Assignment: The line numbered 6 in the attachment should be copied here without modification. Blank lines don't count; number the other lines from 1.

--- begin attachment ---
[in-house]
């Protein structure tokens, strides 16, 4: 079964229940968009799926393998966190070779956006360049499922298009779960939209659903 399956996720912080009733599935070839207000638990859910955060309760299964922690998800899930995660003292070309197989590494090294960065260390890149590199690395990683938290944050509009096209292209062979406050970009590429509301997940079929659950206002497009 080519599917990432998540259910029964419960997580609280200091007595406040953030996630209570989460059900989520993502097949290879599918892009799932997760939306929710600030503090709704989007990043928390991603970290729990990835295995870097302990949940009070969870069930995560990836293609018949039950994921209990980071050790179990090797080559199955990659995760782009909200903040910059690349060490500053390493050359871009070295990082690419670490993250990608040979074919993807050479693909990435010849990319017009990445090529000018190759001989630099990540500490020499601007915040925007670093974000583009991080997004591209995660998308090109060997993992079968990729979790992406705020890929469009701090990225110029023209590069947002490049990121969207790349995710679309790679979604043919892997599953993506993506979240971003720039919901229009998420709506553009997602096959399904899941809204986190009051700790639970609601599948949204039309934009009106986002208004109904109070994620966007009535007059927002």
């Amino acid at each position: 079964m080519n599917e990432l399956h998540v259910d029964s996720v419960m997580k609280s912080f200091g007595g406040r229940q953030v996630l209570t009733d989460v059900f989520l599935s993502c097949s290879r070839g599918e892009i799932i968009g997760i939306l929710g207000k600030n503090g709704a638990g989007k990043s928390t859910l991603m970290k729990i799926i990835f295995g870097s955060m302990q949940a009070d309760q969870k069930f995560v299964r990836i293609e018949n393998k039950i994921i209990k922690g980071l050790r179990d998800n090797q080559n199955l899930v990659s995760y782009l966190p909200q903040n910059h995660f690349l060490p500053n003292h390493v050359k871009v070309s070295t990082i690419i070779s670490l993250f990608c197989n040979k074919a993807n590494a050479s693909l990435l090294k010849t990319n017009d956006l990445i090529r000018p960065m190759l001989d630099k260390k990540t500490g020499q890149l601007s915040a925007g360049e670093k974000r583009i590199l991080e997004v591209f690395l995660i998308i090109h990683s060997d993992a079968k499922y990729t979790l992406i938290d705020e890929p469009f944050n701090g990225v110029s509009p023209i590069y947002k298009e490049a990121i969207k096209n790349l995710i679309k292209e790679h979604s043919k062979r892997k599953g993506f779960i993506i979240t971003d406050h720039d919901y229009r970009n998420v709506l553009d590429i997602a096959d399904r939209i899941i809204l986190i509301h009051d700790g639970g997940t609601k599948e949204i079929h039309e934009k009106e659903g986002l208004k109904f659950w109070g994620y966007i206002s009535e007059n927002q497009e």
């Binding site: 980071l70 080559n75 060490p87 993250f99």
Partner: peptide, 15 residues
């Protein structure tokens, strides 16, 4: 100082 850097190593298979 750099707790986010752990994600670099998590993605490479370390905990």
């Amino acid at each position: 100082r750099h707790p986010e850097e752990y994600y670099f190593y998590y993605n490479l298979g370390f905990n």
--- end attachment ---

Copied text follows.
């Protein structure tokens, strides 16, 4: 100082 850097190593298979 750099707790986010752990994600670099998590993605490479370390905990």